Chronic obstructive pulmonary disease Roflumilast Inflammation Exacerbation Bronchoscopy Bronchial biopsy Protocol Sputum Histology


Chronic obstructive pulmonary disease (COPD) is a major public health problem and it is projected that its burden will increase over the coming decades [1]. The Global Initiative for Chronic Obstructive Lung Disease (GOLD) document defines COPD as a “preventable and treatable disease, characterized by persistent airflow limitation that is usually progressive and associated with an enhanced chronic inflammatory response in the airways and the lung to noxious particles or gases. Exacerbations and comorbidities contribute to the overall severity in individual patients” [2].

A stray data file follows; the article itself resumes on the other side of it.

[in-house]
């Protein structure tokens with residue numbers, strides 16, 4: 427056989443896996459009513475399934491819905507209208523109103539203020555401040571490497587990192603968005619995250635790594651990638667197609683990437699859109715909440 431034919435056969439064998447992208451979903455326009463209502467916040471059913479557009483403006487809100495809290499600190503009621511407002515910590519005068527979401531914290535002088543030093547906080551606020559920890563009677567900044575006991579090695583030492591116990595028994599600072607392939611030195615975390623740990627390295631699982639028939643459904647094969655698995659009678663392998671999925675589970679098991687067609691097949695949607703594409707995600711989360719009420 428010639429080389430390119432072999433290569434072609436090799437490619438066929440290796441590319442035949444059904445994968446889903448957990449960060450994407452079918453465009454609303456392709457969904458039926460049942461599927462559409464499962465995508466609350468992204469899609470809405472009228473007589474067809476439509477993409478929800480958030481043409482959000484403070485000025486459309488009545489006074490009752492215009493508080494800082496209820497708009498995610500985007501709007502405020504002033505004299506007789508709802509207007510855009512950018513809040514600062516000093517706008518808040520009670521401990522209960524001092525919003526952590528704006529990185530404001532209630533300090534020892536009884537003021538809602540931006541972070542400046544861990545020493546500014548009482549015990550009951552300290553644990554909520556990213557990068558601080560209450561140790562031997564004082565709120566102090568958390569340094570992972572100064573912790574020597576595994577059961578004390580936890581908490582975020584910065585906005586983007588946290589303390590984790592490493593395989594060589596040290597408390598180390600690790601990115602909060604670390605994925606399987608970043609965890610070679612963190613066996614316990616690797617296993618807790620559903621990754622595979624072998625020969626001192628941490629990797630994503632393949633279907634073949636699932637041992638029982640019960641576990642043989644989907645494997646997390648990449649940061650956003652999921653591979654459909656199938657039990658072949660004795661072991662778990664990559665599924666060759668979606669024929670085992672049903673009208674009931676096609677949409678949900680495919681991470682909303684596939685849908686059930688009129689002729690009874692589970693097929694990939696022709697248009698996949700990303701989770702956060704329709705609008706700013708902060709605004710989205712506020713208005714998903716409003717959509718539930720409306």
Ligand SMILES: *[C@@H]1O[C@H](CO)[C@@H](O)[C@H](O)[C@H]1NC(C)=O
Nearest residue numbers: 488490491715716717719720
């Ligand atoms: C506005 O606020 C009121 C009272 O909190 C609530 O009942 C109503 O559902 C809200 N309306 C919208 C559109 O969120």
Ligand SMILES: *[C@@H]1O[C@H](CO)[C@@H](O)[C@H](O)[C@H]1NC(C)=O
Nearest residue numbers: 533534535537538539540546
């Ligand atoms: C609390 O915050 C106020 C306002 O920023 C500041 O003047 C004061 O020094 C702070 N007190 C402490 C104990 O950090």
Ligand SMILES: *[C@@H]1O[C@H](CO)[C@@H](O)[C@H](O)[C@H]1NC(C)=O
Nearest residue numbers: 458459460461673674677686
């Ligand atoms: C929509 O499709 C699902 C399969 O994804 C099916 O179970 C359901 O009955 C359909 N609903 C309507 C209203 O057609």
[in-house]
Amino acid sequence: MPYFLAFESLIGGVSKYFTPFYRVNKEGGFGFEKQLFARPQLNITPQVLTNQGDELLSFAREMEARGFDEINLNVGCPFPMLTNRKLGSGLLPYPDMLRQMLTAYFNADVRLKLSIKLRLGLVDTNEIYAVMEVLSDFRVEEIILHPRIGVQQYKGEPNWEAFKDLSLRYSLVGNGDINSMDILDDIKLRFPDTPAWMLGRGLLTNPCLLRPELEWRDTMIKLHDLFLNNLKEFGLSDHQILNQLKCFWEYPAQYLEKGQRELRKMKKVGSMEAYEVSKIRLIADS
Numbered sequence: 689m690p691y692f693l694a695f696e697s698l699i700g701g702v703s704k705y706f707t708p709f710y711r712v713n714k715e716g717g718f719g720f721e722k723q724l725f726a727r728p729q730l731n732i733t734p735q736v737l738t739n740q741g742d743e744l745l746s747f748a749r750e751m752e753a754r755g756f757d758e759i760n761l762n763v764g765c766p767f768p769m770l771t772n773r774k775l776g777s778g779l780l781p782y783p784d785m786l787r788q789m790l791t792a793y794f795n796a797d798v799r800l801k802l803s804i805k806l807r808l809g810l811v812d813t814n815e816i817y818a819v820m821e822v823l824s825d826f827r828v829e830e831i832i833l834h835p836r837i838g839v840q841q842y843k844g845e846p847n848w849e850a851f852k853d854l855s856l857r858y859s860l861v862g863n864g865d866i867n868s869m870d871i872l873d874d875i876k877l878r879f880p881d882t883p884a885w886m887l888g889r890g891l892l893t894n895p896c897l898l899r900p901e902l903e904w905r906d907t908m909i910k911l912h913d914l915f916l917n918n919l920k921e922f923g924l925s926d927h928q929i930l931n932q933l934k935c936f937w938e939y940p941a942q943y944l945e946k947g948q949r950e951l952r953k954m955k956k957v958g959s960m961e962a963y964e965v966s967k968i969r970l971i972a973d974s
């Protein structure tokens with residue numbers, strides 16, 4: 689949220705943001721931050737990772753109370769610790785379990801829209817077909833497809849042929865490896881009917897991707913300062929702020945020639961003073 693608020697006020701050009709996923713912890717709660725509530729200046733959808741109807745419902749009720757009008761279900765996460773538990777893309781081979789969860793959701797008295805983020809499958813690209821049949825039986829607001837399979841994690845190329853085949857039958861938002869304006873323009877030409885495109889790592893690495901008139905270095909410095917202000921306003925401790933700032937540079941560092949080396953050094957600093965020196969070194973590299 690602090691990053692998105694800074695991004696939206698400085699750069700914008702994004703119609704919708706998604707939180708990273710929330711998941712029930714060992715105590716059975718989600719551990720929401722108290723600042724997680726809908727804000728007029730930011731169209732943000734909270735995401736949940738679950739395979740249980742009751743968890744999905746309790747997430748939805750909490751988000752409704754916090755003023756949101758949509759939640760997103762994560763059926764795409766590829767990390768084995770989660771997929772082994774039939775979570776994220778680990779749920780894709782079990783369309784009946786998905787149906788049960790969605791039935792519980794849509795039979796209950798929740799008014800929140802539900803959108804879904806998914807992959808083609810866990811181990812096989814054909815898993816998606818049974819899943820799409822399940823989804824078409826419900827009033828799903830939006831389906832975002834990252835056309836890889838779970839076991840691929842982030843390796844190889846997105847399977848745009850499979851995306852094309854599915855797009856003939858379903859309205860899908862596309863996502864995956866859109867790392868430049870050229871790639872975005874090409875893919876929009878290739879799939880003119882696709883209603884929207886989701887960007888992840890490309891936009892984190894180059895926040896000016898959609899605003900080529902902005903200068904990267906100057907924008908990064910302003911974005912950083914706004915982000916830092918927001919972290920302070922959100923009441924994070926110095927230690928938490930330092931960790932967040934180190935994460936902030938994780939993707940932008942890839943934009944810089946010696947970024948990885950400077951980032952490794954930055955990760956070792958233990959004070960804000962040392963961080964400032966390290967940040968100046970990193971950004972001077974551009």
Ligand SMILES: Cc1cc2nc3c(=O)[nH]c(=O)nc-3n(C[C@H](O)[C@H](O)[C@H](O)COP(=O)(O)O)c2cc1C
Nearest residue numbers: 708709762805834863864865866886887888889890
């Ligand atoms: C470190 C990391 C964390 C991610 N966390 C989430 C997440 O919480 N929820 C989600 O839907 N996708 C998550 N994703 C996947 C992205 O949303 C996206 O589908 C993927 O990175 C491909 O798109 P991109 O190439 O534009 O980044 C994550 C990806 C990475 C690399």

COPD is a chronic inflammatory disease. Most notably, CD8+ T-lymphocytes, macrophages (CD68+) and neutrophils are increased in the airways and sputum of patients with chronic bronchitis and COPD [38]. Increased CD8+ T-lymphocyte counts have been characterized in the alveolar walls, [8] pulmonary arteries, [8] peripheral airways, [3, 7] bronchial glands [6] and subepithelium [4] of patients with COPD. Moreover, neutrophil numbers are elevated in the bronchial glands and epithelium, [6] while increased macrophage infiltration has been observed in the subepithelium [4] and bronchial glands of symptomatic patients [6]. In a cross-sectional study of patients with a wide range of COPD severity, Hogg and colleagues have shown that the percentage of airways containing inflammatory cells (including neutrophils, macrophages and CD8+ cells), increases with increasing GOLD stage of COPD [3]. However, the level of inflammation underlies not only disease severity, but also exacerbation severity [9] and recovery time [10]. Papi et al. have observed that the proportion of sputum neutrophilia correlates positively with exacerbation severity, independently of bacterial or viral infections, and that sputum eosinophilia may be a good predictor of an imminent viral exacerbation [9]. There is also a significant relationship between the differences in interleukin (IL)-6 and IL-8 levels at baseline and day 7 after an exacerbation, and symptom recovery time, suggesting an important role of these inflammatory markers [10].